The North Face launches circular residency for its designers - Just Style
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The North Face launches circular residency for its designers

By Beth Wright 11 Feb 2020

The North Face is expanding its Renewed programme by launching the Renewed Design Residency, which will provide its designers with an opportunity to learn the principles of circular design and implement them into future brand collections.

The North Face launches circular residency for its designers

The North Face is expanding its Renewed programme by launching the Renewed Design Residency, which will provide its designers with an opportunity to learn the principles of circular design and implement them into future brand collections.

In partnership with The Renewal Workshop, the Residency will see rotating groups of The North Face designers attend bi-annual workshops and ‘immersion sessions’ to learn more about how to embed principles of circularity and creative repair into expanded products collections, as well as create custom, one-of-a-kind pieces from garments previously thought to be irreparable.

“The fashion industry is known to be one of the world’s largest polluters, and as clothing designers, this is something that we grapple with in our day-to-day work,” says Kellen Hennessy senior designer for The North Face who participated in the inaugural Residency programme. “The Renewed Design Residency was a challenging opportunity for us to reconsider the way we work and learn techniques for creating product with longevity, repairability and circularity in mind.”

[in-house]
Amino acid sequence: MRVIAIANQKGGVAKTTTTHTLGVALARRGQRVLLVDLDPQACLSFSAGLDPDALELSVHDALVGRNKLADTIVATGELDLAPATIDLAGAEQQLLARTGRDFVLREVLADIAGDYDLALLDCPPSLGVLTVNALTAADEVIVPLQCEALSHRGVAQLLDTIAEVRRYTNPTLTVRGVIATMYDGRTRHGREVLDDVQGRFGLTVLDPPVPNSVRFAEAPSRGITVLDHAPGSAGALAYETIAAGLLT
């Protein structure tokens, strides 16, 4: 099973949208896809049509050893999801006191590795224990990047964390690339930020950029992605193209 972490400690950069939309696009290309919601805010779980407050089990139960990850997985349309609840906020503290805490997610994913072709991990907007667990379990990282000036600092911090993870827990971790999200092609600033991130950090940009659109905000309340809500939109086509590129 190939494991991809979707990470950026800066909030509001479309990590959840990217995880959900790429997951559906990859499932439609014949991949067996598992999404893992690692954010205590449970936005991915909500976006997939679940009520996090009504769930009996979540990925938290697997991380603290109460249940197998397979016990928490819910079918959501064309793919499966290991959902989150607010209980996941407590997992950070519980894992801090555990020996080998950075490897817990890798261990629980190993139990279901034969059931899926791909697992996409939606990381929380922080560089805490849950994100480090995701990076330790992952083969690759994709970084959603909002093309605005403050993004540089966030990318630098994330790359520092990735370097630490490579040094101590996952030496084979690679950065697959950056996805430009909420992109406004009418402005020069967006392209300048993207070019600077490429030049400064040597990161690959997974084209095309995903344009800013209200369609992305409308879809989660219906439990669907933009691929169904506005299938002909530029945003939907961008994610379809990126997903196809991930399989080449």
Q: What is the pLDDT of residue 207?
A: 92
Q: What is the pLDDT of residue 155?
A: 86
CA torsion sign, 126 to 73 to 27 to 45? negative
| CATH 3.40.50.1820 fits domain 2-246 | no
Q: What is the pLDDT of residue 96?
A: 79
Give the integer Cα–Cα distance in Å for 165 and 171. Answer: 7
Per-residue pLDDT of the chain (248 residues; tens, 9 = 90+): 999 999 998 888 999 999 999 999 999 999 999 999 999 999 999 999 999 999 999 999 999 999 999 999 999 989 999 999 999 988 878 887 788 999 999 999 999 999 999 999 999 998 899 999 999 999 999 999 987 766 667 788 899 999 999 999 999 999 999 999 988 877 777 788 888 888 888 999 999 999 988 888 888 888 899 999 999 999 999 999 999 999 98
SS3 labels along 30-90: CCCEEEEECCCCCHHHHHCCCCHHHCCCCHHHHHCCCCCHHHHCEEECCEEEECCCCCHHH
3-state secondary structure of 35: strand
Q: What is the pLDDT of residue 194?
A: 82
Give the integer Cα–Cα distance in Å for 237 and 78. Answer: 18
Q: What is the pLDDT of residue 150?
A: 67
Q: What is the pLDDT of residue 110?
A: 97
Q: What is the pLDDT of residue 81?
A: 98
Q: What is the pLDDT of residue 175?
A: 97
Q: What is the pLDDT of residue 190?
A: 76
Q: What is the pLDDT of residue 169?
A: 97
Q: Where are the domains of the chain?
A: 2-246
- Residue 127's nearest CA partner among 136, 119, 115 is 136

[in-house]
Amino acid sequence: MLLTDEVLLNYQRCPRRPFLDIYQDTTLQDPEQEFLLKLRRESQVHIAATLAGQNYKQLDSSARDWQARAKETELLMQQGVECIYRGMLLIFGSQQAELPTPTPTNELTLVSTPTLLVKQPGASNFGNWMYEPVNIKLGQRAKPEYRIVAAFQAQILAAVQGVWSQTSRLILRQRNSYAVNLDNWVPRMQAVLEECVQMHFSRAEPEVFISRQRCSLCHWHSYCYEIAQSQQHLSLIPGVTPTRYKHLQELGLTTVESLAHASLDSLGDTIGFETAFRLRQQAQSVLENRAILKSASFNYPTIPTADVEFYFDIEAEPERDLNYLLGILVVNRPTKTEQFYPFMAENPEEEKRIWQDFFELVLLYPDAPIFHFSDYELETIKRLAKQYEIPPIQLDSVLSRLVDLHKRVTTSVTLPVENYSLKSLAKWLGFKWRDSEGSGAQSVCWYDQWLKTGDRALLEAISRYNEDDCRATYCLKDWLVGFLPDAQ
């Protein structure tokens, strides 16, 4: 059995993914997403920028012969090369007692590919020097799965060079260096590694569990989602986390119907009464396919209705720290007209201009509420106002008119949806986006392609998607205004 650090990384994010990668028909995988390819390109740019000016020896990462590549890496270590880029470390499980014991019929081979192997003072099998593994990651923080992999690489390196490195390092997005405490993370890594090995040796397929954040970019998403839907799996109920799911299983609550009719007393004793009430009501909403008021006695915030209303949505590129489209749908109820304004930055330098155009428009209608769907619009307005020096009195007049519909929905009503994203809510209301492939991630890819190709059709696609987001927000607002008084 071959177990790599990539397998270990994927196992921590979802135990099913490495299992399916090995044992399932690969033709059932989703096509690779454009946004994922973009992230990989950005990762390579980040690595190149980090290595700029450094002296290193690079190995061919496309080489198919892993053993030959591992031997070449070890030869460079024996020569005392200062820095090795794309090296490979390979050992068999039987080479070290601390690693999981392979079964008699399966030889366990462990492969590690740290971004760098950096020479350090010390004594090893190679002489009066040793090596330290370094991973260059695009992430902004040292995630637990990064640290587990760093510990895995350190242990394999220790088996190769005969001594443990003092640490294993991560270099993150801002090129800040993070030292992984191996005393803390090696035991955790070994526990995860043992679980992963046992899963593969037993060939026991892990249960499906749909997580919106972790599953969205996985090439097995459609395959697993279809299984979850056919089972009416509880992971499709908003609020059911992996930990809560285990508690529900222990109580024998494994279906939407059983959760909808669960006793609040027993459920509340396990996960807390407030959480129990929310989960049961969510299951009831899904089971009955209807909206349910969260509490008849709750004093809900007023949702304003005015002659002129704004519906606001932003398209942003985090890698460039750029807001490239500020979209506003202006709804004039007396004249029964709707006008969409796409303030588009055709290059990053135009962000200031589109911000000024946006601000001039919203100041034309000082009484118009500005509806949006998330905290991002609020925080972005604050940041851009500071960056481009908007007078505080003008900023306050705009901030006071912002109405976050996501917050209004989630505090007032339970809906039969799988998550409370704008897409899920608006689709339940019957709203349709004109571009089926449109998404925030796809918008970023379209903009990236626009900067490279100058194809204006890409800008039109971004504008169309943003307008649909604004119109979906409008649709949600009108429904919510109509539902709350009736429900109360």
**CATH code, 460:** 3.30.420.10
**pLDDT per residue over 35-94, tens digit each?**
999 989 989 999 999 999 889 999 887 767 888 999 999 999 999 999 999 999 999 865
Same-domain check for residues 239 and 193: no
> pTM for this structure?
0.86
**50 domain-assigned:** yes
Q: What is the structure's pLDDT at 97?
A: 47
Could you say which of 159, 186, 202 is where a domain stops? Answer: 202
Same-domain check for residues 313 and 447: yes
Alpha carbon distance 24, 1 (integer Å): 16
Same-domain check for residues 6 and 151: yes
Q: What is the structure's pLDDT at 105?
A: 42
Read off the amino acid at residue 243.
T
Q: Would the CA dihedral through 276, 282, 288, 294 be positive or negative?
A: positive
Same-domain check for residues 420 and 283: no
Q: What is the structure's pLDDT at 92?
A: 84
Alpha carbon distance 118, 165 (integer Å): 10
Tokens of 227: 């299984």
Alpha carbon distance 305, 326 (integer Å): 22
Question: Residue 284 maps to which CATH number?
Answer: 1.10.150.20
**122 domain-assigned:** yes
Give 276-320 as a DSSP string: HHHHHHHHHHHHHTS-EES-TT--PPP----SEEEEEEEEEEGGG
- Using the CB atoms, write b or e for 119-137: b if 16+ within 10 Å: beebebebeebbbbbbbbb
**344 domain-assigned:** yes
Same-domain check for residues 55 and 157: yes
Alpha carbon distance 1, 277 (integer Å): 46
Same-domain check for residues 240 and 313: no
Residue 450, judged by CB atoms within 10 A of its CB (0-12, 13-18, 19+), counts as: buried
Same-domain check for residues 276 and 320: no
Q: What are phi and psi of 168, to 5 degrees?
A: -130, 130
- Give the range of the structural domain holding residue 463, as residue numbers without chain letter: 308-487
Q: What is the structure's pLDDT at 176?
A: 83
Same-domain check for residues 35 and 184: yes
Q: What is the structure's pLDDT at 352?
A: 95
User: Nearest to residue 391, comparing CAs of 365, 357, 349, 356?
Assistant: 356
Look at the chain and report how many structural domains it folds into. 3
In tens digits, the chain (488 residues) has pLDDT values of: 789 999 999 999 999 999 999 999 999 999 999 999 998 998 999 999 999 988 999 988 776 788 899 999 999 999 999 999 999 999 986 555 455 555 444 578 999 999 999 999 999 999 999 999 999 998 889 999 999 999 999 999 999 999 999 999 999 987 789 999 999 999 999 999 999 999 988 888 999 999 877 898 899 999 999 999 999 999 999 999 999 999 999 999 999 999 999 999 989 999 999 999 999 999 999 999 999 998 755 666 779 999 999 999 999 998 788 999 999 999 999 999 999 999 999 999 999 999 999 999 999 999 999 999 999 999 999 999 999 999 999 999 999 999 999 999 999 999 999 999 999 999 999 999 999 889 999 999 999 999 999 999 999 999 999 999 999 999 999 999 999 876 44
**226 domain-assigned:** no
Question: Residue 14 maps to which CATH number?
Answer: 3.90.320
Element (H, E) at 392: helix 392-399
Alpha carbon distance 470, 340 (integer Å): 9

The pilot workshop for the Renewed Design Residency was held in October 2019 with four pieces created at the session currently available via an auction, which will run until 19 February. More than 70 one-of-a-kind renewed products with visible repairs will also be available for online purchase. 

Launched in 2018, the Renewed programme enables the brand to sell its pre-owned apparel that has been washed, repaired and quality checked. It is essentially a collection of refurbished products for consumers who want to access affordable gear and reduce their environmental impact.

Since its launch, The North Face claims the programme has diverted more than 200,000 pounds of clothing from landfills.